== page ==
A Ponzi scheme is a fraudulent investment operation that pays returns to its investors from their own money or the money paid by subsequent investors, rather than from profit earned by the individual or organization running the operation.

MetroJacksonville.com highlights the life of the early 20th century's most notorious swindler, the guy that gave the Ponzi scheme its name: Jacksonville's one-time sign-painter Charles Ponzi. His final attempt to flee was made in Jacksonville after he posted $1,500 in bail in Duval County.  


Charles Ponzi in 1920


Carlo Pietro Giovanni Guglielmo Tebaldo Ponzi was born on March 3, 1882 in Parma, Italy. In 1903, having gambled away most of his life savings during his voyage to America, he arrived in Boston with $2.50 in cash and $1 million in hopes. He spent his first few years in the country working small jobs around the East Coast including being sign painter in Florida.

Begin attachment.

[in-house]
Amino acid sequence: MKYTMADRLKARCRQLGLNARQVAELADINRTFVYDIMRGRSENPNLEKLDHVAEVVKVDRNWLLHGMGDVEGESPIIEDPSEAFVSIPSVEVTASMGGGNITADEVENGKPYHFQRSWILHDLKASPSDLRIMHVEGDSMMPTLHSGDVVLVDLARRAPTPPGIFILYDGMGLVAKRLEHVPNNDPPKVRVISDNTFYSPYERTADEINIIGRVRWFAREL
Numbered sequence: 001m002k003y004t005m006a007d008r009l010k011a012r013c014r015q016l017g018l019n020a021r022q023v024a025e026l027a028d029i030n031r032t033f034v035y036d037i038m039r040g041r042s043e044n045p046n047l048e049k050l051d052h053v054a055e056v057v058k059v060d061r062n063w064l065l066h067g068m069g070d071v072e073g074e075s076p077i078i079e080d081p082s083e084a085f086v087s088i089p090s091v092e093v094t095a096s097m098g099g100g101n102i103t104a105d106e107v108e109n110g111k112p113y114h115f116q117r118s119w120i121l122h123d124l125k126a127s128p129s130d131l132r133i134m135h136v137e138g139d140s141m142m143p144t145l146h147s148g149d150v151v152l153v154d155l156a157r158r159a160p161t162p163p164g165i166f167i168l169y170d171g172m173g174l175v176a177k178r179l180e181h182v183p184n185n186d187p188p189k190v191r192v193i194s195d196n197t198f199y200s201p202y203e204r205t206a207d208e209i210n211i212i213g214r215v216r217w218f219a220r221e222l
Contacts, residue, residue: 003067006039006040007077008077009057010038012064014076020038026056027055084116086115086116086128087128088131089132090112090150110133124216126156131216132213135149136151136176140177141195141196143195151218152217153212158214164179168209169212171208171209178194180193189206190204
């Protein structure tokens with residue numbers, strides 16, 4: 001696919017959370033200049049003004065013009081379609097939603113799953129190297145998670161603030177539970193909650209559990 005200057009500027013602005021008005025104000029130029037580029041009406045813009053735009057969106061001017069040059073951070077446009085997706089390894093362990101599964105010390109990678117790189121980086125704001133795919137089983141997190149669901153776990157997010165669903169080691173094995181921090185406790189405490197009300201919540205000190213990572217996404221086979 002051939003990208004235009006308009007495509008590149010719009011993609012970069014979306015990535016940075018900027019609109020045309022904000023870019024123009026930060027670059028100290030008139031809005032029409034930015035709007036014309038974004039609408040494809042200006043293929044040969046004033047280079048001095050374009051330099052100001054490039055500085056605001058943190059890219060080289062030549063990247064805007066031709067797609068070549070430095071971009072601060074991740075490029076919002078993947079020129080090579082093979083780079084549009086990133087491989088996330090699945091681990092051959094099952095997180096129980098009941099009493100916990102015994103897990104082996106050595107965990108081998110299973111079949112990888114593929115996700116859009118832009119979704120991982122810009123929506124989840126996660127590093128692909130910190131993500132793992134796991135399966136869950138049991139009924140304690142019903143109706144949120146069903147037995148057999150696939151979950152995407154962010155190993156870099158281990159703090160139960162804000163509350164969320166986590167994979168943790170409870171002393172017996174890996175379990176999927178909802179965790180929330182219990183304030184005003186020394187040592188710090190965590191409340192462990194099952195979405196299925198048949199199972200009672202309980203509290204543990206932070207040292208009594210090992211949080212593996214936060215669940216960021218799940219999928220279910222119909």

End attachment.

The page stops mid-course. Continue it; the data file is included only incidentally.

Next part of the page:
"Once, when I was in Florida, I got it into my head that I could make something painting signs. So I bought some cardboard and paint and started in. No, I never had the slightest experience, but I got away with it, satisfied folks, and made a little cash. And all the time I kept dreaming of the time I was going to do big things." Source

He eventually was hired as a dishwasher and worked his way up to waiter before being fired for shortchanging customers and theft and moving to Montreal in 1907, becoming an assistant teller in Luigi "Louis" Zarossi's Banco Zarossi. Soon, the bank failed and Zarossi ran off to Mexico with most of the bank's money, leaving Ponzi behind.

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